Anesthesia Length in Ultra Rapid Opioid Detoxification
Subgroup: Volume 12, Issue 2
Date: March 2010
Type: Letter to Editor
Start Page: 200
End Page: 201
- K Nasseri Department of Anesthesia and Intensive Care, Kurdistan University of Medical Sciences, Sanandaj, Iran
- Sh Shami Faculty of Nursing and Midwifery, Kurdistan University of Medical Sciences, Sanandaj, Iran
City, Province: Sanandaj,
Ultra rapid opioid detoxification (UROD) has received more attention during the past three decades due to the challenges in treating opioid-dependent patients and is heralded as a humane, effective way to rapidly accomplish detoxification while avoiding the physical symptoms of withdrawal.1 UROD has been shown to be as effective as intensive inpatient detoxification.2,3 However, this procedure can be dangerous due to the prolonged anesthesia (or deep sedation) period. This danger can be mitigated with proper shortening of anesthesia time. This study aims to compare the effects of different anesthesia duration time in UROD procedure on severity of withdrawal symptoms in opioid dependent patients.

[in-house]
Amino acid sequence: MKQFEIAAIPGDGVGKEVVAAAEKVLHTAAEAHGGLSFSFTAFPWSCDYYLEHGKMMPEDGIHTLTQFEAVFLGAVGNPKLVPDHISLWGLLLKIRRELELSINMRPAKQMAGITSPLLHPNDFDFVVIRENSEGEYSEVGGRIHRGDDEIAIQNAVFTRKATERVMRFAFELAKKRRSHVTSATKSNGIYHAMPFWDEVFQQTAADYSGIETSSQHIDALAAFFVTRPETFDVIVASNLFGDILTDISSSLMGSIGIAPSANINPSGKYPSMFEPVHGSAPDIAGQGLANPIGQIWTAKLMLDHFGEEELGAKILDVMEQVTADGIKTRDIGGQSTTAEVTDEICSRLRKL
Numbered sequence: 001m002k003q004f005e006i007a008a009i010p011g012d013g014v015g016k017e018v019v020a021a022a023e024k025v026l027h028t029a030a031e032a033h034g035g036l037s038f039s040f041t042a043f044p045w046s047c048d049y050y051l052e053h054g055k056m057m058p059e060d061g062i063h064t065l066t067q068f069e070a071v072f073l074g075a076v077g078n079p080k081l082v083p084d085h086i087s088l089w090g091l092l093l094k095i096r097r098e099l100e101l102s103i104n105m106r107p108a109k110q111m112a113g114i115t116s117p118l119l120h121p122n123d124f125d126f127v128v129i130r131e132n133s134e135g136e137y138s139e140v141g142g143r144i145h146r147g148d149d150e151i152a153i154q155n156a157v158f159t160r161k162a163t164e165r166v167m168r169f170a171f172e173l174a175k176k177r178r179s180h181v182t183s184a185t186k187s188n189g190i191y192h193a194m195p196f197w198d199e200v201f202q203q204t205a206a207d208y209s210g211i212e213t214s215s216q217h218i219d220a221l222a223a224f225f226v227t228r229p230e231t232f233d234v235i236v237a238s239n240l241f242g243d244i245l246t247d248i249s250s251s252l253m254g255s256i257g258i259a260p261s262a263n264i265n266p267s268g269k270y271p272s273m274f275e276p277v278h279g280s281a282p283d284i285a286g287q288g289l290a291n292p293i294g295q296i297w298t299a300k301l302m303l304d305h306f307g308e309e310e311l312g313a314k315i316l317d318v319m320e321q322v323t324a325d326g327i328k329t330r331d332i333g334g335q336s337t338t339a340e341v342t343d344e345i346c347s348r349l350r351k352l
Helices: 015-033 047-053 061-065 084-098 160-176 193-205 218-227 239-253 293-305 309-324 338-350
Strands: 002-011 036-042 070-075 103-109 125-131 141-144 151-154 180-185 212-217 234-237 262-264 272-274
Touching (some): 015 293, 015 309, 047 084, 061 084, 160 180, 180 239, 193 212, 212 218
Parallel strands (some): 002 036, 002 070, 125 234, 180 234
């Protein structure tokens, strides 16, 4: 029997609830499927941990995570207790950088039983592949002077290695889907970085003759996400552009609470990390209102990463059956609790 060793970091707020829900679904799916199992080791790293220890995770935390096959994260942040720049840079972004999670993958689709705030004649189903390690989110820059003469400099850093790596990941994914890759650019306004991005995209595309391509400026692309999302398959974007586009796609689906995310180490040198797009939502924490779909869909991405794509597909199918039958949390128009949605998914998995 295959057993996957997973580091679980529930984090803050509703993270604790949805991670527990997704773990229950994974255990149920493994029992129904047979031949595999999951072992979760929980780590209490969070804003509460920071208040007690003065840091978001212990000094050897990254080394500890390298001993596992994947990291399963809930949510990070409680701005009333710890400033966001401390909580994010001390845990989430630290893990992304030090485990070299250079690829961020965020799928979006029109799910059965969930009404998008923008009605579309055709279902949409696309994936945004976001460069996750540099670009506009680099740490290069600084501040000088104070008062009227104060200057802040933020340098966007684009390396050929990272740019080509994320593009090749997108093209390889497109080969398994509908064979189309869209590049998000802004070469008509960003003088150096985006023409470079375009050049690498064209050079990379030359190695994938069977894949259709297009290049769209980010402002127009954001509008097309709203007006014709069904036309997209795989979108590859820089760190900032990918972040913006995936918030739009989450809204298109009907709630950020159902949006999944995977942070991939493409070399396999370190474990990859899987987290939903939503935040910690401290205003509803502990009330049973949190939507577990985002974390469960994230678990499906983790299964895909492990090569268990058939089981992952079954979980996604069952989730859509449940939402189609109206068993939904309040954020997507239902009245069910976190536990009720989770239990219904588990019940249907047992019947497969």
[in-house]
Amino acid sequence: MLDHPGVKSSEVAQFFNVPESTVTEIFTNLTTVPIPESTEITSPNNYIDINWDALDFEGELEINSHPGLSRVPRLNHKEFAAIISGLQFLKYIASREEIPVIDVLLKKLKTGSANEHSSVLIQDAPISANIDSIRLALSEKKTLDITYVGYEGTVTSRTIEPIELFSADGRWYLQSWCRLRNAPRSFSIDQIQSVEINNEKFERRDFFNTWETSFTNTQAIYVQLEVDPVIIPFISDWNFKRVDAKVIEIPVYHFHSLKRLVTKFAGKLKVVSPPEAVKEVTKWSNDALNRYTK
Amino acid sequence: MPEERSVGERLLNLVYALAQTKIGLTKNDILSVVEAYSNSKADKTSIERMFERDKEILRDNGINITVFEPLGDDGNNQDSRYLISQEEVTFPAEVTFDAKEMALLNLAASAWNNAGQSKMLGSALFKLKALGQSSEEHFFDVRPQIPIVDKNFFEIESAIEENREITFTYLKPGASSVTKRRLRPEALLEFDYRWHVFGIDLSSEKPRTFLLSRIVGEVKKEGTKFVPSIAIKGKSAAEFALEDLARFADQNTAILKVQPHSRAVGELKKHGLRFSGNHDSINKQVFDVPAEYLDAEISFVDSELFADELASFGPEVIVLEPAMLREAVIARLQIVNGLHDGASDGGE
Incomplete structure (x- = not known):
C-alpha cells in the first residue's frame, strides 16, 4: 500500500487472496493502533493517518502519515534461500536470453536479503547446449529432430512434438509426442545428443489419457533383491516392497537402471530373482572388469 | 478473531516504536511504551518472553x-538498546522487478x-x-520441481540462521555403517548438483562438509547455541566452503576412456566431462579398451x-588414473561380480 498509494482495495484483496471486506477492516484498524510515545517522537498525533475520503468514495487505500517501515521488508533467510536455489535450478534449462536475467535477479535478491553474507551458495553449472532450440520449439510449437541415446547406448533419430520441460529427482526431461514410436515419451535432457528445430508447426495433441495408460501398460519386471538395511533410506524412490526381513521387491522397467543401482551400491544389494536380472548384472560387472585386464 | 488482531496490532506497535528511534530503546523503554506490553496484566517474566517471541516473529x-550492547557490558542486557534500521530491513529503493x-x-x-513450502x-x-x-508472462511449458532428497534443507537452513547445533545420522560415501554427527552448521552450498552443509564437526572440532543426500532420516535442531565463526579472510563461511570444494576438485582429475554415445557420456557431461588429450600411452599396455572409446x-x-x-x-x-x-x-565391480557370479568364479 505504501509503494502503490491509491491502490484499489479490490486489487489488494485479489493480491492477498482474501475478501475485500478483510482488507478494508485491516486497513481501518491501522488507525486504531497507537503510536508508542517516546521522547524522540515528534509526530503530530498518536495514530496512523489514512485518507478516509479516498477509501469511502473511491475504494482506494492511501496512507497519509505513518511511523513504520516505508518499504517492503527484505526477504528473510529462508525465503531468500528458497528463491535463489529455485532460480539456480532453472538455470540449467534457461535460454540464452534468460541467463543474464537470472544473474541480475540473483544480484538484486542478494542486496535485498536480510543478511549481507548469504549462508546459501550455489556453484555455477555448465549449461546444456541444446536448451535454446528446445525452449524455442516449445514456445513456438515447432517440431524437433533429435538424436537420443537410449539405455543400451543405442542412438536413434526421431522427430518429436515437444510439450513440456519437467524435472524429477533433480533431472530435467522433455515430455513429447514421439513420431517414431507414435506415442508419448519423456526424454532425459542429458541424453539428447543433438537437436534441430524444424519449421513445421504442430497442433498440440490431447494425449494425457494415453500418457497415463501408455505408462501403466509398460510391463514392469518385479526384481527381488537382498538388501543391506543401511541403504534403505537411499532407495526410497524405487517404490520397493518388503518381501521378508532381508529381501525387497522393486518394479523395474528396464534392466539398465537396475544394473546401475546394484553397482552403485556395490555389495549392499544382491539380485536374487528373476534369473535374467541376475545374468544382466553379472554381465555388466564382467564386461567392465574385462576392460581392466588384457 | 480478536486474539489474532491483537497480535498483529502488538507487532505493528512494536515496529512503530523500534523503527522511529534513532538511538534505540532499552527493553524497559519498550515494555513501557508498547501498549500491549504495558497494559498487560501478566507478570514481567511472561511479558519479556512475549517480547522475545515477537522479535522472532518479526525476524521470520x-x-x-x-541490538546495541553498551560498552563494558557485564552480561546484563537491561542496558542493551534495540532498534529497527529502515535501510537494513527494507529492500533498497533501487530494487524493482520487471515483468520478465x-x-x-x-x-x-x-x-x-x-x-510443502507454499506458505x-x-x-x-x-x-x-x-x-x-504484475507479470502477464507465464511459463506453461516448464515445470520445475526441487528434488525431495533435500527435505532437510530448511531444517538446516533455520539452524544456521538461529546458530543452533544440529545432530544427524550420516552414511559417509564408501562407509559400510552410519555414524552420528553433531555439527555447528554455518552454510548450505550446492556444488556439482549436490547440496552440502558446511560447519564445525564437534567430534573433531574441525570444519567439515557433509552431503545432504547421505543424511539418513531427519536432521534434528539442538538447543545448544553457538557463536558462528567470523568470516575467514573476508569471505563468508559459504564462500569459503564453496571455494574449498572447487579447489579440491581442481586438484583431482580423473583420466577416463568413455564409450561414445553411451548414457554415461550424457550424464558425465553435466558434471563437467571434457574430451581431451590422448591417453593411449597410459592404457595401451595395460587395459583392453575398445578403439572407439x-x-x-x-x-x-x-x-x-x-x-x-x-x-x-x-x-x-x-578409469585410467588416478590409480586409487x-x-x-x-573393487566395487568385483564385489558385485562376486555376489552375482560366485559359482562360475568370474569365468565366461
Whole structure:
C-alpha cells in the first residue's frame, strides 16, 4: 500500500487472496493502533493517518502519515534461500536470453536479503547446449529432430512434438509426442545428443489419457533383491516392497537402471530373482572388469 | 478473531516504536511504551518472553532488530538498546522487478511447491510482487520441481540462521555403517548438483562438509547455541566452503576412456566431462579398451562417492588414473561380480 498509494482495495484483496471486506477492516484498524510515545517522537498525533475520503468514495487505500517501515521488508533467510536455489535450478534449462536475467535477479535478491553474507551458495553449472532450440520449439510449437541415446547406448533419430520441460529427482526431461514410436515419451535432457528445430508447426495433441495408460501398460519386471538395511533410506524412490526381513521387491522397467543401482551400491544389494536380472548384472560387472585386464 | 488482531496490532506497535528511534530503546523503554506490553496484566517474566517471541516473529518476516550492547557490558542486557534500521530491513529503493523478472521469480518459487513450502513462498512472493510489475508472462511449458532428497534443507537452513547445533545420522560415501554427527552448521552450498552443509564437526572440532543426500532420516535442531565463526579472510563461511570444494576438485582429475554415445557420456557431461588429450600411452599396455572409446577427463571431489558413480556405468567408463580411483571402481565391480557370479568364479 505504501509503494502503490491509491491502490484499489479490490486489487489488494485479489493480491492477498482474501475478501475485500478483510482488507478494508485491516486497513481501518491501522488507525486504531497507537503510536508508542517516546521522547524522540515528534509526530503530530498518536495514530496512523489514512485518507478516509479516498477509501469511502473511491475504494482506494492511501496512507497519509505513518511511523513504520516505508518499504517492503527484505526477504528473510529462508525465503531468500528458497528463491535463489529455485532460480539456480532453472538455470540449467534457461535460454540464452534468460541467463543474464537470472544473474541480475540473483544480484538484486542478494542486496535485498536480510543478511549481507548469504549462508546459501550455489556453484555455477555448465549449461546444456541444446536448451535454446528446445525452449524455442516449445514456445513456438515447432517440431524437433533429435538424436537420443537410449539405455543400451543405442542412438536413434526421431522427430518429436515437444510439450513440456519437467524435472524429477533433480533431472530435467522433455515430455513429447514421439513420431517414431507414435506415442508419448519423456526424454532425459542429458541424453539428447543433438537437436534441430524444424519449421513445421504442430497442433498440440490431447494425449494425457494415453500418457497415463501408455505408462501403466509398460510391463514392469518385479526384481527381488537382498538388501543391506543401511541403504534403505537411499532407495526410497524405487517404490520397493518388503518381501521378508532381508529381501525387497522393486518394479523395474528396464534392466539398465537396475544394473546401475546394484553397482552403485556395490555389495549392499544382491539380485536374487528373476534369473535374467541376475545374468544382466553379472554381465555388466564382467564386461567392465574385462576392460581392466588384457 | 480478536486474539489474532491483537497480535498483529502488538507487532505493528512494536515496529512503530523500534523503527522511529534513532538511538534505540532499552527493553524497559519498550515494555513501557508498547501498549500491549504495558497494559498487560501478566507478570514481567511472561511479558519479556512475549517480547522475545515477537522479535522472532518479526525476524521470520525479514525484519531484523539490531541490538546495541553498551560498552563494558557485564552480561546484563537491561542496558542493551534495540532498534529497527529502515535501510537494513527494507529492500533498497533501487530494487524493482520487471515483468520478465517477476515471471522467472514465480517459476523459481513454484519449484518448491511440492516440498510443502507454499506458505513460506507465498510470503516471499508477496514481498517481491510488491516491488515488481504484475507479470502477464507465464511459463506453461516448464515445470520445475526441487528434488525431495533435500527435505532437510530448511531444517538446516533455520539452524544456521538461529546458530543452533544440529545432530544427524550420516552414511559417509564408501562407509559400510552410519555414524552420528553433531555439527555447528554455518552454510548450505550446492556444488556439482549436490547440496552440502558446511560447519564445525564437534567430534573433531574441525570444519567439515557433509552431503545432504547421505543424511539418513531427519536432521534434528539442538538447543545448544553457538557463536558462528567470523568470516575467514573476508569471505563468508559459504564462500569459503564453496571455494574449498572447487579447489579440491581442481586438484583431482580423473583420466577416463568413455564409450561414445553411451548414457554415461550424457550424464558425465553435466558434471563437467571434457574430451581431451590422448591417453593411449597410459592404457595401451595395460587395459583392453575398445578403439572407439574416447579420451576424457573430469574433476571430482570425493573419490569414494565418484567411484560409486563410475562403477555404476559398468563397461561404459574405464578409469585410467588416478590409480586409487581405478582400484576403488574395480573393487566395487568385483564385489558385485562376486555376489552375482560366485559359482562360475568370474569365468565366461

After obtaining approval from the Ethics Committee and written informed consent, 72 patients with diagnosis of opiate addiction according to DSM classification,4 were enrolled and randomly assigned to three treatment groups.
Premedication and anesthesia protocol were identical for three groups. Detoxification was carried out with the administration of 4 mg bolus naloxone and perfusion of other 12 mg for two (2 hours anesthesia duration group), Four (four hours anesthesia duration group) and six (six hours anesthesia duration group) hours. High-dose and/or rapidly infused naloxone may cause catecholamine release and consequently pulmonary edema and cardiac arrhythmias. These risks warrant the adequate monitoring of the cardiopulmonary status of the patient after naloxone administration,4 so the patients were monitored cautiously.